How to Improve Your Leadership Skills in the Workplace

Leadership Skills

~by Lizzie Weakley~

Ever wondered why managers, business owners, and CEOs are paid handsomely in their respective industries? It’s because these people have a rare set of skills and expertise that few in the field possess. Becoming an effective leader, however, is not innate nor does it come to you over the span of a week or month. Leadership skills are cultivated through deliberate practice  over time and laser-sharp focus.

If you wish to become a leader someday, use the five tips below to start honing your abilities to lead workforces and companies into success.

1. Have the Mental Clarity

Professionals who have too many things in mind lose a clear vision of what they hope to accomplish. Daily efforts tend to be wasted since most of the work does not align with the long-term path projected for the company. Take the time to understand what you want to achieve, where you want to be in the next 10 to 20 years of leading the company, and how you intend to get there. It’s easy to get lost in all the variables that need keeping track of, such as new markets and target demographics you can expand to, new technology you can take advantage of, and so on.

2. Have Passion

Passion is what will keep you energized and motivated to work the longest every day and wake up the next morning ready to repeat it all over again. Passionless leaders are okay with average results as long as the company stays afloat and investors are kept satisfied. It becomes particularly important when you’re starting out as a humble employee. Do you think the management will pass the torch to you if they thought you didn’t genuinely care for the business’ well-being and future? Show people you are passionate about your work by arriving on time, enthusiastically taking on progressively harder workloads, and continuously learning outside of work.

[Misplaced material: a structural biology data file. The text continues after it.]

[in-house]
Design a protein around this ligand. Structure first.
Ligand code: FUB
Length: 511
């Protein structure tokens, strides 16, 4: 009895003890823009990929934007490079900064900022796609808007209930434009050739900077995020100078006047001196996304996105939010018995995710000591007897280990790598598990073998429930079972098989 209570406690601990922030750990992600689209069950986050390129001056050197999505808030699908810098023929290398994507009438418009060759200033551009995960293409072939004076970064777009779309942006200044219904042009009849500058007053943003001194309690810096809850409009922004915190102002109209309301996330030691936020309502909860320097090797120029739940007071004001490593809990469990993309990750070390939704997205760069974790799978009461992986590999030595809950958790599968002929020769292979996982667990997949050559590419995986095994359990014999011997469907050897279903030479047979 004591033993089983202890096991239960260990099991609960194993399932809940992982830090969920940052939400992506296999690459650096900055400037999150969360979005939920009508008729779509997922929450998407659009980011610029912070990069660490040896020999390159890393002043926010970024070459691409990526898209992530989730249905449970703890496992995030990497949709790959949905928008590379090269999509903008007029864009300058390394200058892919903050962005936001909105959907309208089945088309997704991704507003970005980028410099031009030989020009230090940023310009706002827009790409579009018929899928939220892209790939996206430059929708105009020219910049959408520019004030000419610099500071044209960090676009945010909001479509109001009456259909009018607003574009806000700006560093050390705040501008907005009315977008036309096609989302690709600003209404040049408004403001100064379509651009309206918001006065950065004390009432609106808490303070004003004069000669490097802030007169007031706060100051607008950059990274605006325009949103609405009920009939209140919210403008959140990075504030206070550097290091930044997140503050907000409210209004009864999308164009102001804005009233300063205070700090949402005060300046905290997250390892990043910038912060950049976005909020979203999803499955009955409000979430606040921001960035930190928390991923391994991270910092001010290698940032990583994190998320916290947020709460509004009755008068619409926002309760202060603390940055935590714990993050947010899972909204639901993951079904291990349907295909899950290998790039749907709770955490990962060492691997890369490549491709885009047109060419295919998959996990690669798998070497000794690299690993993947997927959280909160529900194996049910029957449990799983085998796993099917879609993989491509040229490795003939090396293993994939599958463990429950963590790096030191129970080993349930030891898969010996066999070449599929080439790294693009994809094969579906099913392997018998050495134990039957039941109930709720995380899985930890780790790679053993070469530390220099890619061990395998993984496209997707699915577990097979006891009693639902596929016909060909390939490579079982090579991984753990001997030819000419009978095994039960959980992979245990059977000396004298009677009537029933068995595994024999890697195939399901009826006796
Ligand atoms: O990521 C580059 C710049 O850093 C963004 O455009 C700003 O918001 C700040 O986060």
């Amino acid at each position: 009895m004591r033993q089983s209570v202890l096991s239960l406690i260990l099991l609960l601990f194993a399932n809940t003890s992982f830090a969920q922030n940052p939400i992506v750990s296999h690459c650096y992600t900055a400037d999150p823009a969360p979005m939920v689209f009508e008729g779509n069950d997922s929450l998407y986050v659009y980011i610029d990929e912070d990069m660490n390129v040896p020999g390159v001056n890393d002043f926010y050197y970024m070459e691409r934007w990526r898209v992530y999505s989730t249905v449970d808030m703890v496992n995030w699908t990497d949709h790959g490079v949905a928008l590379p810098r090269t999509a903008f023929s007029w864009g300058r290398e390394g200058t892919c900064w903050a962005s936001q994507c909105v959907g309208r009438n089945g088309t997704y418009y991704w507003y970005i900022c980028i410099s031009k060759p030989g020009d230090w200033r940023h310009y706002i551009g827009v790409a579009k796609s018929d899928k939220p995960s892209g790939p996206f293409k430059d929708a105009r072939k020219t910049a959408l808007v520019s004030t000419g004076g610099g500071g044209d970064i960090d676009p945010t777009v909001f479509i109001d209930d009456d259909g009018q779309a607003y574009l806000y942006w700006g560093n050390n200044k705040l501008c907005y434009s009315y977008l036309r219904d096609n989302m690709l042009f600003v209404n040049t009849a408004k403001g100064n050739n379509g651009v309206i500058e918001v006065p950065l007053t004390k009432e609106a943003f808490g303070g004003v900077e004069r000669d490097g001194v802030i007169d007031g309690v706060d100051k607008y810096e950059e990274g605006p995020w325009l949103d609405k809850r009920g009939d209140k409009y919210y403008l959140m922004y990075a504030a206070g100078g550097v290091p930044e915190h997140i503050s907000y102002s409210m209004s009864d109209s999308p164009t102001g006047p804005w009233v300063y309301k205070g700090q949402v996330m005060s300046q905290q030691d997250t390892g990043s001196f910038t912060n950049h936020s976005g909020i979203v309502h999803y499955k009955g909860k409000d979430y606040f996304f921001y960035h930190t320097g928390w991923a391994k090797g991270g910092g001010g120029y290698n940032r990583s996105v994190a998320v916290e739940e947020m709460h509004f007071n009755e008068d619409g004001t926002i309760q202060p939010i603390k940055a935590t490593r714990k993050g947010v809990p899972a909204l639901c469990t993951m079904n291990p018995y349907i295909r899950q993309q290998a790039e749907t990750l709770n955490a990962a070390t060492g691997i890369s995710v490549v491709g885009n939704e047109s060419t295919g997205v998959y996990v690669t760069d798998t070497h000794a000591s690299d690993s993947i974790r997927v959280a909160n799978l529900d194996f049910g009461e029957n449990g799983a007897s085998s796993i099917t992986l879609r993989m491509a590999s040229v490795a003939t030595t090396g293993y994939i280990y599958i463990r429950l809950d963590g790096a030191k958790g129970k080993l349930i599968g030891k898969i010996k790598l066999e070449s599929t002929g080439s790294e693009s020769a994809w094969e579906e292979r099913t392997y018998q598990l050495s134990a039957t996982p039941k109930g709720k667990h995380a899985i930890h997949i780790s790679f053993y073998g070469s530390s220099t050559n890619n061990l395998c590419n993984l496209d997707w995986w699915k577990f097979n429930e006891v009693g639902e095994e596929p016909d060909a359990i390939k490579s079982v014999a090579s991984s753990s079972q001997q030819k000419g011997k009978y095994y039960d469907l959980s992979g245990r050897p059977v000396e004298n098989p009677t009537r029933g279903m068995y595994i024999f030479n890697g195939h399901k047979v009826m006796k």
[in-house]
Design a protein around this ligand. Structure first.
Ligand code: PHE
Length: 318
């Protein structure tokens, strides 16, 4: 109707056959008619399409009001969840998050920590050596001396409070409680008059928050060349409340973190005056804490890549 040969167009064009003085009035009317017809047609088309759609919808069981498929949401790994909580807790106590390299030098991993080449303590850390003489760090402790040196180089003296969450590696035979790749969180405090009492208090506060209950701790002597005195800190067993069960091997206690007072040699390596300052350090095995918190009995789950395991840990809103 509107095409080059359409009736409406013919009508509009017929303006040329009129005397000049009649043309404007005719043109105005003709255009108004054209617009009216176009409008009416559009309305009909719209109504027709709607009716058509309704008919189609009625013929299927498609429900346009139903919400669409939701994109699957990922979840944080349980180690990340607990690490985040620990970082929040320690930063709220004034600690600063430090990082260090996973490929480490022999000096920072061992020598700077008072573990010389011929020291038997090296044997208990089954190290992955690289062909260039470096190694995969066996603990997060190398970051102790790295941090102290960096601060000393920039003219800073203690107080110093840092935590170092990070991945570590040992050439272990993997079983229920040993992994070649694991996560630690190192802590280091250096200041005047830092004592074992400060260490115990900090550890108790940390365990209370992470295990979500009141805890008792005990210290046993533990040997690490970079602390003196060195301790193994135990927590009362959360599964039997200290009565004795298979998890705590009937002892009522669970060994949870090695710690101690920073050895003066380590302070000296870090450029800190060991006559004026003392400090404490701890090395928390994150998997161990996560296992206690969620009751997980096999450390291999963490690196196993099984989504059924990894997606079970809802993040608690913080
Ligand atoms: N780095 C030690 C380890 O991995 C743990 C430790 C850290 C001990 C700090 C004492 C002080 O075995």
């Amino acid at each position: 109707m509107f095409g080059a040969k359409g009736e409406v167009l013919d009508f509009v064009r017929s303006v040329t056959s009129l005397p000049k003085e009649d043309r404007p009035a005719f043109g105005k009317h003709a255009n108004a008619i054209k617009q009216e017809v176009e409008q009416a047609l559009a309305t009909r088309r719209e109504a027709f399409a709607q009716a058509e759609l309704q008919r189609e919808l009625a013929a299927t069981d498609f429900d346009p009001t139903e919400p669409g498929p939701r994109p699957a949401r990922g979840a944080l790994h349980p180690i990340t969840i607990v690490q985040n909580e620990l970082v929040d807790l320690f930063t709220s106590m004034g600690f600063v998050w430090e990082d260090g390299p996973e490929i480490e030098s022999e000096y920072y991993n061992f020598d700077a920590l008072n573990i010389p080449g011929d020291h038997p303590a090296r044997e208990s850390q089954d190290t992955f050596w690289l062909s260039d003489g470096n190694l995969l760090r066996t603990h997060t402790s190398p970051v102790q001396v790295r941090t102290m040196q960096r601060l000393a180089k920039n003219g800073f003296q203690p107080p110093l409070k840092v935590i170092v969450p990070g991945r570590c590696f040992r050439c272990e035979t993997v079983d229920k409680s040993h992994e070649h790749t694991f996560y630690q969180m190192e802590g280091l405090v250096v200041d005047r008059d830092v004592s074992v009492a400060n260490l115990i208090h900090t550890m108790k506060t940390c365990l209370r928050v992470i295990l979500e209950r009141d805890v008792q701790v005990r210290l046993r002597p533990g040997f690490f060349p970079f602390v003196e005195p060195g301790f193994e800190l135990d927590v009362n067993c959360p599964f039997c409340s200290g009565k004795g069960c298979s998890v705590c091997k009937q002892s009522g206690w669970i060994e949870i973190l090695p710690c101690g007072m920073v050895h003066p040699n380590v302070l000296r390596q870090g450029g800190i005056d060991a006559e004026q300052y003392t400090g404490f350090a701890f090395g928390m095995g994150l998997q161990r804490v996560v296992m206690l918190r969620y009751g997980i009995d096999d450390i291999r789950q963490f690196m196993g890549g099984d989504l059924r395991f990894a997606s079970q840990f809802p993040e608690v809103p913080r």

3. Improve Your Workforce’s Situation

Successful companies are built from the hard work and intellectual contributions of its employees. No leader can be successful without acknowledgement of this fact. The century-old adage “No man is an island” may be overused but definitely makes sense, especially in the business setting. Enriching your employees’ knowledge and skill set will also lift you and your business up. Enroll your company in a senior leadership team development workshop that will teach you all about how to handle mental flaws, such as egos and fears, how to work on time limitations and stressful deadlines, and how to best extract information and productivity from your employees.

4. Be a Good Communicator

Having astute interpersonal skills is the bread and butter for any effective leader. You will be working with dozens of employees, multiple teams and departments, and many more people outside your company, such as suppliers and investors. If you can’t convey messages in a clear and concise manner, then it’s bound to negatively affect your company. Proactively improve your verbal, nonverbal, and listening skills. Intently listen to people when they are telling you something, and then mentally decide what the best response is.

5. Don’t Be Afraid to Take Risk

Failure is imminent in any enterprise. No successful CEO or billion-dollar magnate has achieved their feats without failing. To be an effective leader means to see beyond what’s in front of you and to follow up with actions without the slightest apprehension. If you don’t take the risk for your company, then no one else will. Of course, don’t just take risks whenever they pop up. Instead, calculate the risk-reward ratio and then decide accordingly.

If you want to be an effective leader, you can’t just showcase your leadership skills and positive attitude while at work. You have to turn these into daily habits until they become second nature.

Meet the Author: Lizzie Weakley

Lizzie is a freelance writer from Columbus, Ohio. She went to college at The Ohio State University where she studied communications. In her free time, she enjoys the outdoors and long walks in the park with her 3-year-old husky, Snowball.


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